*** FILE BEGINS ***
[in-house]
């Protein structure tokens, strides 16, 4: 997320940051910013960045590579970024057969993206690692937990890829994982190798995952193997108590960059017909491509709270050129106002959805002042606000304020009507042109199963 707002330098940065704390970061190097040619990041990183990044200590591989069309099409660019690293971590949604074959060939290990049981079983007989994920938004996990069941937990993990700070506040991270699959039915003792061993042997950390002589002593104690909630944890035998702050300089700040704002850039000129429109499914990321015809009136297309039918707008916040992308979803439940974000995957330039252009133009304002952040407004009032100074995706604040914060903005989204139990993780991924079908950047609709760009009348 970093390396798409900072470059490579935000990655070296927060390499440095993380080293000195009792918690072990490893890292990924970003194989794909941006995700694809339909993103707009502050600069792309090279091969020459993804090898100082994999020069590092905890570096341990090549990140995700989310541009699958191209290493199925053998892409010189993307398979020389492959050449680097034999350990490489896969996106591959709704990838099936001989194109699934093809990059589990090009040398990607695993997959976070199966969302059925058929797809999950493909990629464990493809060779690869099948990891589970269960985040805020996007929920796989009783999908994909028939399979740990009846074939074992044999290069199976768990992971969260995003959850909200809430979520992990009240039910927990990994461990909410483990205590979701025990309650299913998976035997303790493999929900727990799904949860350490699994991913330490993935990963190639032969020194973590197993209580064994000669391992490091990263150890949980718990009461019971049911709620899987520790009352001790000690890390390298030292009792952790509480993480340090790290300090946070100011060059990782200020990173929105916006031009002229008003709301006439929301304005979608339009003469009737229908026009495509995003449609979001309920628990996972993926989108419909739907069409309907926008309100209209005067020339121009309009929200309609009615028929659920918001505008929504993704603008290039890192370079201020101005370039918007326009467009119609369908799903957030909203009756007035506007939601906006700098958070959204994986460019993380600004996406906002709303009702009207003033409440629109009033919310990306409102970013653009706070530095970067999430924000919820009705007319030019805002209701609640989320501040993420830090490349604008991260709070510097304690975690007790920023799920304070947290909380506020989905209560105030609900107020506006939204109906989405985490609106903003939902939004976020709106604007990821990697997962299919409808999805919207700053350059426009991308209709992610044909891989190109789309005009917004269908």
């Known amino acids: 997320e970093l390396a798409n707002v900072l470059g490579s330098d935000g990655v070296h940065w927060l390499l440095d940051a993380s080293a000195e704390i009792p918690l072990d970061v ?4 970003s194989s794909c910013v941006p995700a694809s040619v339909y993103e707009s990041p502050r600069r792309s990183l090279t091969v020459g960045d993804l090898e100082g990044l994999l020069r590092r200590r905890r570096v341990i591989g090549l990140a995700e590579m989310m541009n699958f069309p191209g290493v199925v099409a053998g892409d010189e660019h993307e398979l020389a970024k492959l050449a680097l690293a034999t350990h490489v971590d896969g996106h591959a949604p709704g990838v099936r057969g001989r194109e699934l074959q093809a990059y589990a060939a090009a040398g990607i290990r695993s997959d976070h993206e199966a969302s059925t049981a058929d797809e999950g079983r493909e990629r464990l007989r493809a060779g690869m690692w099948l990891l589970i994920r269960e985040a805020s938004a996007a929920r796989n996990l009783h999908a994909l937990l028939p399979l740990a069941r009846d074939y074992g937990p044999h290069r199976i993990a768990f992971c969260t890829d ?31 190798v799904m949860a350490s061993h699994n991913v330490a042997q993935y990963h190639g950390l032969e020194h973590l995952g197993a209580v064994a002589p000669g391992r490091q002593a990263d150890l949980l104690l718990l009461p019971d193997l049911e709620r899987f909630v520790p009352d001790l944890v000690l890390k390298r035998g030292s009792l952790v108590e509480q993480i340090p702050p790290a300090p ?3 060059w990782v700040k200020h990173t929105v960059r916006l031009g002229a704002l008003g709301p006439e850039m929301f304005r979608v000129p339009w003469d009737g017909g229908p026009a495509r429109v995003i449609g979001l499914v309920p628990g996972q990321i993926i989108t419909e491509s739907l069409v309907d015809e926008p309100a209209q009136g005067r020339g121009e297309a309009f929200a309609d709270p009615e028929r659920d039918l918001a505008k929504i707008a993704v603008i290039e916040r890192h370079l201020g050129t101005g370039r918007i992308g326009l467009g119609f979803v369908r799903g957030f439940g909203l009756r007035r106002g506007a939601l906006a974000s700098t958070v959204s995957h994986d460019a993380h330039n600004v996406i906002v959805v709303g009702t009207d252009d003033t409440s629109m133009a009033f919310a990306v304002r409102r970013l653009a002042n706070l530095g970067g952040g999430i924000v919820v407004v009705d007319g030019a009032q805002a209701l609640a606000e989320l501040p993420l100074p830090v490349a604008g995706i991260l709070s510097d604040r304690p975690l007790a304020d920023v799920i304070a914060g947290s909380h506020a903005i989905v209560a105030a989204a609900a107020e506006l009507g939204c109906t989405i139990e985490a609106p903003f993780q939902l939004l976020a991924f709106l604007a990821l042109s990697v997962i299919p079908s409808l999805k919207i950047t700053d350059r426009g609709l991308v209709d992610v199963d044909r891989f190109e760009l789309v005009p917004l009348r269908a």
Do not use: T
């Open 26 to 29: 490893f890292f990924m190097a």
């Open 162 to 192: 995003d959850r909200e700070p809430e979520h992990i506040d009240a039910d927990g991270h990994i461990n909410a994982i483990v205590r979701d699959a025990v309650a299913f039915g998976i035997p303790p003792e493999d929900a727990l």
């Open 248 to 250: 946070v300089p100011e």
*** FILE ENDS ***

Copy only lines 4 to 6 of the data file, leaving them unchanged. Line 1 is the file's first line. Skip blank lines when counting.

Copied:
Do not use: T
């Open 26 to 29: 490893f890292f990924m190097a």
């Open 162 to 192: 995003d959850r909200e700070p809430e979520h992990i506040d009240a039910d927990g991270h990994i461990n909410a994982i483990v205590r979701d699959a025990v309650a299913f039915g998976i035997p303790p003792e493999d929900a727990l």